Multicultural Neoliberalism, Global Textiles, and the Making of the Indebted Female Entrepreneur in Monica Ali’s Brick Lane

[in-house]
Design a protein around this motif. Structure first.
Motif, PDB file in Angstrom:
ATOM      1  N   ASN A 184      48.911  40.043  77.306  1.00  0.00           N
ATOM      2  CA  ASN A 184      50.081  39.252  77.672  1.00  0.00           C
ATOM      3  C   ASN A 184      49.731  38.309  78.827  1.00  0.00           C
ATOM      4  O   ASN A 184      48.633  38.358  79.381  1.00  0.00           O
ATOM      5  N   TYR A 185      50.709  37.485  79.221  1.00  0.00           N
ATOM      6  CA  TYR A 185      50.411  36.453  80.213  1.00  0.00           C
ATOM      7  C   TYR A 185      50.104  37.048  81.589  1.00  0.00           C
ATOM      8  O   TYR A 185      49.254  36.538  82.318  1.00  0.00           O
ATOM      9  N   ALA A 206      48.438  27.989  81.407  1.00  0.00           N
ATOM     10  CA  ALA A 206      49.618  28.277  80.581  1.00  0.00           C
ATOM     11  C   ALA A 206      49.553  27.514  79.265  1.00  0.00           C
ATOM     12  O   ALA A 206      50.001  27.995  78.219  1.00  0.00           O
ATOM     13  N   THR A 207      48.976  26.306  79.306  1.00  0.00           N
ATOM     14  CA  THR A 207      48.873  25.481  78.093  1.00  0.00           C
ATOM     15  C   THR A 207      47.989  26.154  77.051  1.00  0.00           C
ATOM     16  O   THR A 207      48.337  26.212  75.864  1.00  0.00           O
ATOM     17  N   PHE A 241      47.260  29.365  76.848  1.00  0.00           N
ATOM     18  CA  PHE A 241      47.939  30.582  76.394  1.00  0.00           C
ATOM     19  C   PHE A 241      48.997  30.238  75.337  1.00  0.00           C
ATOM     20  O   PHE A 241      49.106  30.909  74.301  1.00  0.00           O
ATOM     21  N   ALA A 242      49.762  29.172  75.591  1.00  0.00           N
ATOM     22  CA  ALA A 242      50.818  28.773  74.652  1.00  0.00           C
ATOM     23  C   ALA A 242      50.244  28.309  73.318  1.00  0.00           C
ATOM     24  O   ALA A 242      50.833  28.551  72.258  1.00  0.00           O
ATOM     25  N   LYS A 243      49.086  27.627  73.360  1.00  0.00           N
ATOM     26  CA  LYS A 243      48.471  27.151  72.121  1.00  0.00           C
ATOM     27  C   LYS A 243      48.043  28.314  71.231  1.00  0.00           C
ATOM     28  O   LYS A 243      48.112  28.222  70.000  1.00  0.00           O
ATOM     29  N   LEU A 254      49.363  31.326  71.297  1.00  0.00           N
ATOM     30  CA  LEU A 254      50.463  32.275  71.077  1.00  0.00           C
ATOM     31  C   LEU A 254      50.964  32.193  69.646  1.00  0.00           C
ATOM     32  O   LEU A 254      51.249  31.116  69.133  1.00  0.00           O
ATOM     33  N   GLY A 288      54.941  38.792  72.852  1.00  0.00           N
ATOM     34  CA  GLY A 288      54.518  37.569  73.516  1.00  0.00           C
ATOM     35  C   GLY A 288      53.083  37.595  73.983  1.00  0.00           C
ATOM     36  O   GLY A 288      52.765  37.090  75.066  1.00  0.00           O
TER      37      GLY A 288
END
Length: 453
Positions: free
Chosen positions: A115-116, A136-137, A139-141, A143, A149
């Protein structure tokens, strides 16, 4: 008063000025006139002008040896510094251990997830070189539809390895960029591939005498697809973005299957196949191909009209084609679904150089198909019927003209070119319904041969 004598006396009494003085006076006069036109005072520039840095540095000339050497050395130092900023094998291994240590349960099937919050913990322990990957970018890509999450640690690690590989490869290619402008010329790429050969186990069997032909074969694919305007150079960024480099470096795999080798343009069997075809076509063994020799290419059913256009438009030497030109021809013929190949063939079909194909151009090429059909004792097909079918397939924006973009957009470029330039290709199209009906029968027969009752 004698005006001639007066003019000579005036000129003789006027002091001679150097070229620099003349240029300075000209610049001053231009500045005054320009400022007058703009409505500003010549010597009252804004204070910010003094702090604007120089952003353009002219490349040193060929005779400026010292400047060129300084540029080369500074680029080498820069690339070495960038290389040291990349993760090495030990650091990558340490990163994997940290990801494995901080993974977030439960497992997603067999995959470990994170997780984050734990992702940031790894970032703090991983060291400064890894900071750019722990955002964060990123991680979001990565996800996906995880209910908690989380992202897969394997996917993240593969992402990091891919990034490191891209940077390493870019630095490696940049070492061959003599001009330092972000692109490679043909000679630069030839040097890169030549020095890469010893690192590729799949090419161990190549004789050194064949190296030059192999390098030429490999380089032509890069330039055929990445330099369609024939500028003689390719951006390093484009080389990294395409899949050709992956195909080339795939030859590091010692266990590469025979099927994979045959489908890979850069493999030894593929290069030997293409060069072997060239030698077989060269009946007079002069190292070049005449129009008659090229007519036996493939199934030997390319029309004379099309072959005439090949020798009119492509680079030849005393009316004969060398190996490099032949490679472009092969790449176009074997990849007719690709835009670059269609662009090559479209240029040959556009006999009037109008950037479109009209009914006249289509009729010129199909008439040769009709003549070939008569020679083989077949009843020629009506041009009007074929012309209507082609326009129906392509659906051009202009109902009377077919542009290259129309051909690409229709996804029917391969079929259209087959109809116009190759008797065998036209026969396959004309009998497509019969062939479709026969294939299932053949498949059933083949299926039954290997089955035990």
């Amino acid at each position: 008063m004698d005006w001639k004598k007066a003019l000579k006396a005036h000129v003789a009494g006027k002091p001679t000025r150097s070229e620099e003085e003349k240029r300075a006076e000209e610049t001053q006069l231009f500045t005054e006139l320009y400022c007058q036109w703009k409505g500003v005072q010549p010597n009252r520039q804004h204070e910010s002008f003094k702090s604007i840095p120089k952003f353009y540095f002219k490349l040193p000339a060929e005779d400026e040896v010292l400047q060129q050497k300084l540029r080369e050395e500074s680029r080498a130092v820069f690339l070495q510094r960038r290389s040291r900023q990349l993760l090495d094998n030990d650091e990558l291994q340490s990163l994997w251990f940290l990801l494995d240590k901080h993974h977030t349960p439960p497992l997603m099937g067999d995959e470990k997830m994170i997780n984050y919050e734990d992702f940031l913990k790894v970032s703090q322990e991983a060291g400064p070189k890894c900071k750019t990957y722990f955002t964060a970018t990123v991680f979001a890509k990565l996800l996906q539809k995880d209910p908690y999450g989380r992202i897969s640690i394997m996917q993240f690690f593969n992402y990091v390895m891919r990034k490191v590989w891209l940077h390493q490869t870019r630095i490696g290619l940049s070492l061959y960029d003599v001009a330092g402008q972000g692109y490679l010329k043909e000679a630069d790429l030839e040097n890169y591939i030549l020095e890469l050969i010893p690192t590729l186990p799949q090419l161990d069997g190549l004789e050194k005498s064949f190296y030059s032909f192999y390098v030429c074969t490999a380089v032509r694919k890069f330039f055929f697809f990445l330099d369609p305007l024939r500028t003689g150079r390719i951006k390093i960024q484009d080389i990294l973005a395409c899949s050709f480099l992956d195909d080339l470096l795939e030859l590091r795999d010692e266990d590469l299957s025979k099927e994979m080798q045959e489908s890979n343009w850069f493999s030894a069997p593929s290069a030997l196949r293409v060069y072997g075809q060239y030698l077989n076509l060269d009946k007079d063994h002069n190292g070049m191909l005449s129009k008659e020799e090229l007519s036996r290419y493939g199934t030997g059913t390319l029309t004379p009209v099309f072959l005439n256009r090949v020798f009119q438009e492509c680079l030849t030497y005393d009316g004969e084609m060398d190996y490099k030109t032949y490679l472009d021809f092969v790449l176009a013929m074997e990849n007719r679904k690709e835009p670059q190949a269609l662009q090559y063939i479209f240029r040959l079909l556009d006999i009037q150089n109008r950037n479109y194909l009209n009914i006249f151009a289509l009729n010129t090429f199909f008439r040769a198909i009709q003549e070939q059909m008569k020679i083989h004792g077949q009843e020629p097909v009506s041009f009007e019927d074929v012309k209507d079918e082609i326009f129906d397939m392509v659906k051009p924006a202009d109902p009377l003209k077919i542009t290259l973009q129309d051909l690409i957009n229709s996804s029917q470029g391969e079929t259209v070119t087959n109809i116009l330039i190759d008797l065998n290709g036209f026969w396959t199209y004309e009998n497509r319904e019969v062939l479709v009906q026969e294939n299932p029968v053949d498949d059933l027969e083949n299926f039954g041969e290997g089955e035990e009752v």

This chapter considers how Monica Ali’s novel Brick Lane inadvertently normalizes homeworking and the entrepreneurial as the horizon of freedom and assimilation for the gendered postcolonial migrant in neoliberal Britain. In so doing, I argue that the novel raises wider questions about the ways in which neoliberal discourses of self-management, personal responsibility, and the entrepreneurial cut across the gendered international division of labour between the core and the periphery. In what ways might Nazneen’s socio-economic and geographical trajectory from the relatively impoverished peripheral space of a village in Bangladesh to the ostensibly prosperous core space of a public housing estate in East London shed light on the ways in which liberal discourses of women’s empowerment have been increasingly subordinated to the economic rationality of neoliberalism? And how might the novel’s references to textile manufacturing in Bangladesh and London be read as a trope for the global connections between the ostensibly disparate experiences of poverty, debt, South Asian women’s labour, and the socio-economic empowerment of the multicultural entrepreneur? The narrative trajectories of Nazneen and Hasina may appear to be discontinuous with the rhetoric of female self-empowerment in discourses of microfinance in South Asia. However, if Nazneen’s narrative of assimilation to the entrepreneurial culture of late twentieth-century and early twenty-first-century London is compared to the emancipatory rhetoric of the indebted female entrepreneur in narratives of the Grameen Bank, the socio-economic differences between the plight of South Asian women textile workers in the core and the periphery of the contemporary world economic system start to seem less clear. Against the promise of happiness associated with the lures of diaspora, this essay suggests that a consideration of the genre and form of contemporary novels such as Brick Lane helps to illuminate the ways in which late liberal discourses of multiculturalism (Povinelli, Economies of Abandonment: Social Belonging and Endurance in Late Liberalism. Durham: Duke University Press, 2011) are increasingly subordinated to the economic norms and values of neoliberalism.
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